The following are just a few suggestions on how to keep your children safe.
- Tell your children never to accept rides or gifts from someone they don't know or don't know well.
- Teach your children to go to a store clerk, security guard or police officer for help if lost in a mall or store or on the street.
- Encourage your children to walk and play with friends and to avoid places that could be dangerous.
- Make sure children know their address and phone number by heart and the location of their house.
- Teach your children that if they are being followed to keep walking to a public place like a library or store. Talk to an adult at that place.
- Be certain your children know that no adult should ask them to keep a special secret and to tell you right away if someone does.
- Teach your children that no one should touch the parts of their body covered by a bathing suit.
- Be sure your children know how to call 9-1-1 from any phone in case of an emergency.
The Butte County Sheriff's Office S.T.A.R.S. Volunteers offer free home security checks to persons who are on vacation or away from their property. The patrol units make daily exterior inspections of the homes to be sure things are okay. In the event a problem is encountered, it is radioed to the Dispatch Center and the appropriate solution is put into action. While this is certainly a free service, S.T.A.RS. welcome any donations. Call the S.T.A.R.S. office closest to you to arrange a vacation check.
AVOID BECOMING A VICTIM
No one wants to become a victim. Oftentimes becoming a victim can be avoided if a few simple precautions are taken. Listed are a few suggestions to create a safer space for yourself, your family, and your possessions.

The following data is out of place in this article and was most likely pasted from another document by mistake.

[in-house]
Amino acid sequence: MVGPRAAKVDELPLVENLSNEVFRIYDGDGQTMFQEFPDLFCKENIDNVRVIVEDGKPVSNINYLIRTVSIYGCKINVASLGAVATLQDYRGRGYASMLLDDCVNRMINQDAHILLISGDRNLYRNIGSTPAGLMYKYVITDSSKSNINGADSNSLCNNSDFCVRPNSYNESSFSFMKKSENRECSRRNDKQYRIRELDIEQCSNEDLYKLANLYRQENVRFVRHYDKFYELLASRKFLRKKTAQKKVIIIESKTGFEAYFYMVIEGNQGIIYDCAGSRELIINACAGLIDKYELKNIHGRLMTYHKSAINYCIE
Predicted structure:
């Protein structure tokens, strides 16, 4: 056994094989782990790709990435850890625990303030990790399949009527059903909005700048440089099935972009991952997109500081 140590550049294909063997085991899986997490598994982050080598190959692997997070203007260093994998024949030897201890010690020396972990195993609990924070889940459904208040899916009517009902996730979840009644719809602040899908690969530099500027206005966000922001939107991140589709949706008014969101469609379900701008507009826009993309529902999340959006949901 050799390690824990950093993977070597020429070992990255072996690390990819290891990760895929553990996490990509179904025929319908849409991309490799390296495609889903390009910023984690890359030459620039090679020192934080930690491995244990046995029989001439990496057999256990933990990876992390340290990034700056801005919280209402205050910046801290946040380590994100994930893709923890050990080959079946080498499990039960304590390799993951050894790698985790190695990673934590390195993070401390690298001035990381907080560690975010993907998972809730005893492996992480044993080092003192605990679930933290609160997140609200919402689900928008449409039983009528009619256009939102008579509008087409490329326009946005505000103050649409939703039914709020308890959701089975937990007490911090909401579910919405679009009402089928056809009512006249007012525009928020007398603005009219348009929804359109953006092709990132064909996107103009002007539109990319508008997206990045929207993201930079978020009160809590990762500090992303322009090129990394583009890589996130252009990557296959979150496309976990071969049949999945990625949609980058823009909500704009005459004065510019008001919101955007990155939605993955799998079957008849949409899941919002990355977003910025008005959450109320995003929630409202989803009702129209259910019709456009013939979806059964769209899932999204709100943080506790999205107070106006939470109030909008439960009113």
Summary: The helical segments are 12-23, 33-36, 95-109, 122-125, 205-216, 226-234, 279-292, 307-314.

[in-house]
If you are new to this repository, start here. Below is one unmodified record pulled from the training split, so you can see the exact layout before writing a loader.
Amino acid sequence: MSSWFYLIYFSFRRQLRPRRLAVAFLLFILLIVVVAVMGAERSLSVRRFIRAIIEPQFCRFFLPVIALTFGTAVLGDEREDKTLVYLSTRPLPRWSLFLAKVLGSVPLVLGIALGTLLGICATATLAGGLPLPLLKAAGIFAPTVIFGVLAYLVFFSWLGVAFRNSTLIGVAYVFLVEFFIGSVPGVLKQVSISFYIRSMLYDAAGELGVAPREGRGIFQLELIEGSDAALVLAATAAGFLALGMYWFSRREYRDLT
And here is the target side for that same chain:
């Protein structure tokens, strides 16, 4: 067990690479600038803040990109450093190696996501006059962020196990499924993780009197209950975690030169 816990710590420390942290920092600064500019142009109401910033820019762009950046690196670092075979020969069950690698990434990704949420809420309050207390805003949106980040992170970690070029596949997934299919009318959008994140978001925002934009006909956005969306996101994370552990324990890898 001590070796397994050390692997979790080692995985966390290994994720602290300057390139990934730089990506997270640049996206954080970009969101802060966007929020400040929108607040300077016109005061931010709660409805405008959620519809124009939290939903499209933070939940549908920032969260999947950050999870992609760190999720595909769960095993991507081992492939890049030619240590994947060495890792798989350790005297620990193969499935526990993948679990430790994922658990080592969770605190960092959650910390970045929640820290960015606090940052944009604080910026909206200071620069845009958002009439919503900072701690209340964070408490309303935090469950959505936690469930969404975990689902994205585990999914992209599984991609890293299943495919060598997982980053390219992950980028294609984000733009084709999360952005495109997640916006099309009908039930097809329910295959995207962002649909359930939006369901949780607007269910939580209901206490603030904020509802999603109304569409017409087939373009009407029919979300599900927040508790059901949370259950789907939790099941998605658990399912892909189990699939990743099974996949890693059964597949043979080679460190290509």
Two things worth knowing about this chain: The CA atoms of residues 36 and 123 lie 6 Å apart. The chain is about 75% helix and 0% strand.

DOMESTIC VIOLENCE / CHILD ABUSE / ELDER ABUSE
- Everyone has the right to be free from abuse and neglect
- If someone you know is being victimized, it is important for you to take action to stop it. Without intervention abuse almost always escalates. Oftentimes victims are reluctant or unable to report abuse.
- Keep in mind your concern and involvement is critical. You may save a life.
- Store your handgun unloaded and uncocked in a securely locked container.
- Store your handgun and its ammunition in separate locations.
- Do not store your handgun among your valuables, such as jewelry or silver.
- Do not store your handgun in a bedside table or under your mattress or pillow.
- Child-proof your revolver by placing a child safety lock on the trigger or on the firing mechanisms of the weapon.
- Child-proof your semi-automatic handgun by removing the magazine, disassembling the frame from the slide and magazine or securing it with a child safety lock.
- Never leave the keys to access your firearm, child safety or trigger locks, your lock boxes, or ammunition storage containers lying our or accessible to others. Make sure these keys are not able to be copied.
- Always check thoroughly, prior to cleaning or handling your handgun, to make sure it is unloaded. This includes visually inspecting the firing chamber from the rear of the weapon for a round that may be left in the chamber.
- Clean your handgun alone, with the barrel pointed away from you. You should always clean your handgun in a safe place-that is, in an area where there is no chance of injury due to a round being discharged unintentionally.
- Be sure to choose a locking device that is sturdy and able to resist tampering.
- Identity theft is the taking of a victim's identity to obtain credit, steal money from a victim's existing accounts, apply for loans, establish accounts, obtain jobs, and countless other possibilities where a social security number, a birth date, address, and phone number are needed.